THE LISBON STRATEGY AND THE EU’S STRUCTURALPRODUCTIVITY PROBLEM
Table of ContentsExecutive Overview1. Introduction
2. EU Productivity Trends at the Economy Wide Level : A Comparison with the US
2.1 : Overview of Main Trends2.2 : ICT as an explanatory factor at the total economy level 2.3 : Are low EU productivity growth rates likely to be a permanent phenomenon or atemporary blip linked to labour market reforms ?
3. The structural nature of the EU’s Productivity Problem – A Sectoral / Industry LevelBreakdown
3.1 : Productivity trends at the sectoral level : Manufacturing, Private Services, Rest of Economy (Primary Industries + Public Services)3.2 : A 56 Industry breakdown of labour productivity trends : Where are the EU’s problems emanating from ?3.3 : Are the ICT productivity gains coming from the production of ICT goods and services, from ICT capital deepening or from spillover effects ?
4 : Enhancing the EU’s productivity performance : Focussing on the Production andAbsorption of New Technologies is the key to any effective Long Run Productivity Strategy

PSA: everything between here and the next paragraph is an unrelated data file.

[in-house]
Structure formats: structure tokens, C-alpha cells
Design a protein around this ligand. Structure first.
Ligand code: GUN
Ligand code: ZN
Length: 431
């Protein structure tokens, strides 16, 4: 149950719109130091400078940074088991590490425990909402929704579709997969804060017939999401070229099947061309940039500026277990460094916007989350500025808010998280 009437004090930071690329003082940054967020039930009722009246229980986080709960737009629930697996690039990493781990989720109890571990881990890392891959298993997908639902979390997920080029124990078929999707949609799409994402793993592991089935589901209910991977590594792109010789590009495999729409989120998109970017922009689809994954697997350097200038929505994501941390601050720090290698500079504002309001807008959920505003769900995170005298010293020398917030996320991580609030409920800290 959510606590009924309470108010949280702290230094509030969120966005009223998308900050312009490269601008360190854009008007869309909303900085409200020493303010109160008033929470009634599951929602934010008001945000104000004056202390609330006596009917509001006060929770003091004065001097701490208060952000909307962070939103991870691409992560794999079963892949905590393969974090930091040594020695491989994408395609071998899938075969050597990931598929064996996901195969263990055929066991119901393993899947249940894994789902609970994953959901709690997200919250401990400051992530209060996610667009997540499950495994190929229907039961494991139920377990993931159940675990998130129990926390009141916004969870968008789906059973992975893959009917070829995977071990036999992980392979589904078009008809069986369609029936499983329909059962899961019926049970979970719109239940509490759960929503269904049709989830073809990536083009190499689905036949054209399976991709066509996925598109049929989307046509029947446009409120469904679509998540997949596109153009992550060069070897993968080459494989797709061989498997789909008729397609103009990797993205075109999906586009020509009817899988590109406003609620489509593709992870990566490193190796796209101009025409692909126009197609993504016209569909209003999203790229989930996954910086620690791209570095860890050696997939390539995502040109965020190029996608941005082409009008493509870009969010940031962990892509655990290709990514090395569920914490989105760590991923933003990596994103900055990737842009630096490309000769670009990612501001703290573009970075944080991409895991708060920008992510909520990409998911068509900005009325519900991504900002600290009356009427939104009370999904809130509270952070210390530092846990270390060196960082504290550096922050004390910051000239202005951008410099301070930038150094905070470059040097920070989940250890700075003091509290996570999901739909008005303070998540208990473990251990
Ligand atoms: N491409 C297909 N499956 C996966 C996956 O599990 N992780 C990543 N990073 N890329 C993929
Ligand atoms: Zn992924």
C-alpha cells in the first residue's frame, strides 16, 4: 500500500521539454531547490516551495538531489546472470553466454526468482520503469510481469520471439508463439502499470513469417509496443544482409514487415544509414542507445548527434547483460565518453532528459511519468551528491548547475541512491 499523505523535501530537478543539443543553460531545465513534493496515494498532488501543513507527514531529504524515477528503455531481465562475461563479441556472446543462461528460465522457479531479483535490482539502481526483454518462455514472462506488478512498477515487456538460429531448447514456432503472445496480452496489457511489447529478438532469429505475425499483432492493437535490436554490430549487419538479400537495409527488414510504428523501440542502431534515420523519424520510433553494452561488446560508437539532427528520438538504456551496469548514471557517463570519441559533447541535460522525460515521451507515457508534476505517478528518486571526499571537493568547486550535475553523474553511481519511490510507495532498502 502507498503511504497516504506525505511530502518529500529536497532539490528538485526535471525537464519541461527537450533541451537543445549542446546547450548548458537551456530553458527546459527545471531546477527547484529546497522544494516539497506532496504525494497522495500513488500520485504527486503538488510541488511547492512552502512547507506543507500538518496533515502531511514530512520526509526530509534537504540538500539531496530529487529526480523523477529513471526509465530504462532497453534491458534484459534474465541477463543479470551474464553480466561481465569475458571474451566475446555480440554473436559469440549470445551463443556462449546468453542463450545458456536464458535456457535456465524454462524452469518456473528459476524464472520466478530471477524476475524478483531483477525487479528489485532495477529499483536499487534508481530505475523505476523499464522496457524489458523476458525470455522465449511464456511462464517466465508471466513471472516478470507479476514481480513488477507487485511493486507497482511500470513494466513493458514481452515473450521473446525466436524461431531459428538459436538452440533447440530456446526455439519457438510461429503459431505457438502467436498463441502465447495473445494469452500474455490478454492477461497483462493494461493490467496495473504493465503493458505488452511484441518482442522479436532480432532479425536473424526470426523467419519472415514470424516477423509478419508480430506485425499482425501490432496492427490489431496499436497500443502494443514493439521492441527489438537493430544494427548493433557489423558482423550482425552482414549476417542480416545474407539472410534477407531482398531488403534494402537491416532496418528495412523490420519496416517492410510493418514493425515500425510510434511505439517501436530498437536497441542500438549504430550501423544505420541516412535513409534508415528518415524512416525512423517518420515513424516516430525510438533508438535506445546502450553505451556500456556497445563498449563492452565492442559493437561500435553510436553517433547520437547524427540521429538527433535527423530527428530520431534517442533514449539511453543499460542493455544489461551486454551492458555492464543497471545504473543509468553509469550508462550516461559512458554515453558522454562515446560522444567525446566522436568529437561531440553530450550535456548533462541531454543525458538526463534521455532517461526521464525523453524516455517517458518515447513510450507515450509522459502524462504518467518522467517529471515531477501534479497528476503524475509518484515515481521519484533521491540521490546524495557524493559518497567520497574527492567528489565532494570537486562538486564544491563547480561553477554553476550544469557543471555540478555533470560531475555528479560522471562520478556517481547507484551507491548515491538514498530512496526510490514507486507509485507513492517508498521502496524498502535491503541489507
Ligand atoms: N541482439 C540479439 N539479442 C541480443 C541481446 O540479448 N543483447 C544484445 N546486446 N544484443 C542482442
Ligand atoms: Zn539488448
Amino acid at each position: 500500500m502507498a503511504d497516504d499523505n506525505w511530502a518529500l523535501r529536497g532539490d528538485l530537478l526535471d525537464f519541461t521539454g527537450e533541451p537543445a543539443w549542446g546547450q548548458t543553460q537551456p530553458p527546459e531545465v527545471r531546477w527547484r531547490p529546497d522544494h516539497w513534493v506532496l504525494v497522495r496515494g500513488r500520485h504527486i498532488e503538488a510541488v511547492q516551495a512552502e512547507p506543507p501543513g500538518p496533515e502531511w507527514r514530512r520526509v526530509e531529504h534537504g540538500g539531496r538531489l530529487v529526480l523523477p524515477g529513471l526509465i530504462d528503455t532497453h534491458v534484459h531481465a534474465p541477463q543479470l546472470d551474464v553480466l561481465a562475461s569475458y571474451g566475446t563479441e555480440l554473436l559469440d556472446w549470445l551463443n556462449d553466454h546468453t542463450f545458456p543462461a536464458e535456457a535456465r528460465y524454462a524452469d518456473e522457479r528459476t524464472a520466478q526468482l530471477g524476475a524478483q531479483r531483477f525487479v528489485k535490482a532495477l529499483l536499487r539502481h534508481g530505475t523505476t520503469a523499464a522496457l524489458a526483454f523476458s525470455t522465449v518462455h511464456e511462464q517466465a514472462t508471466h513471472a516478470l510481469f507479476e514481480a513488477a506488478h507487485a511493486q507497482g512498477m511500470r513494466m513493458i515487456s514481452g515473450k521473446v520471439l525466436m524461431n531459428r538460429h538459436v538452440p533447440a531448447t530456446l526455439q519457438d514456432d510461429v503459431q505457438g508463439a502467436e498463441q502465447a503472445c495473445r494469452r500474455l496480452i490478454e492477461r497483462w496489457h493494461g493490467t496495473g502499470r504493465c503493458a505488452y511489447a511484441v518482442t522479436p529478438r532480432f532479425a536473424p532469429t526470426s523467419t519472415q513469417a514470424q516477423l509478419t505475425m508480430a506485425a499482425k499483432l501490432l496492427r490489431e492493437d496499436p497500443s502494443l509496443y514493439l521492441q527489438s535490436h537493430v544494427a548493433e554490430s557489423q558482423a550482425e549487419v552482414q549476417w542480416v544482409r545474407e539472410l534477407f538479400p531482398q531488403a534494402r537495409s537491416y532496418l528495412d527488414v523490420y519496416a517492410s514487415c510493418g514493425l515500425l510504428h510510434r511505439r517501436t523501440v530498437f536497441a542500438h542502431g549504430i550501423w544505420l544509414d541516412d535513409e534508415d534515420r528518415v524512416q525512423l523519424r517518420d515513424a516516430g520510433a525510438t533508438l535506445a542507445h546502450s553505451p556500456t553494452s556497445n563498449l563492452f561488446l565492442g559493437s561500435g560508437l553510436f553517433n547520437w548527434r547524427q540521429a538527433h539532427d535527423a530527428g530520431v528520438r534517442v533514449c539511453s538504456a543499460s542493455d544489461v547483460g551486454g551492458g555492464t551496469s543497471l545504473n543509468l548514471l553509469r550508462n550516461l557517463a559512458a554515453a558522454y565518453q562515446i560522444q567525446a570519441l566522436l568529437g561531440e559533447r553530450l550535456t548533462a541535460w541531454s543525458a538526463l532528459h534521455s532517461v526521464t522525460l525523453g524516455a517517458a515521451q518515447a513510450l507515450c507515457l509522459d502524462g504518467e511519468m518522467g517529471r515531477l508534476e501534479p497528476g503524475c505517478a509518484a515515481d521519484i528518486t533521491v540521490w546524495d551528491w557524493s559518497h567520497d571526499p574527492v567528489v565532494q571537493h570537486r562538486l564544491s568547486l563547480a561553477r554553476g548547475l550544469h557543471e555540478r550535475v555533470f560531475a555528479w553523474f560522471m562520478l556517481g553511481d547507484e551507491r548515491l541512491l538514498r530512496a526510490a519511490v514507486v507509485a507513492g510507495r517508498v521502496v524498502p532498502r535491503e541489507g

4.1 : Why the knowledge economy must be a central element of any EU productivityagenda ?4.2 : Evidence that the US has a superior innovation model in terms of knowledgecreation and absorption4.3 : Reforming the EU’s Innovation Capacity : Action is needed in terms of resources, framework conditions and linkages
5. Summary of Key Findings and Policy ConclusionsAnnexes
1. Sources of wealth differentials between the EU and the US and the ongoing controversyover measurement issues2. Literature review on innovation, productivity and growth3. How does the EU compare at the global level in terms of productivity trends4. The EU’s slow growth problem5. Value added shares and productivity growth rates of the 56 industries6. Levels analysis for the 56 industries (EU15 value added, productivity and employment levels relative to US)7. Additional tables and graphs
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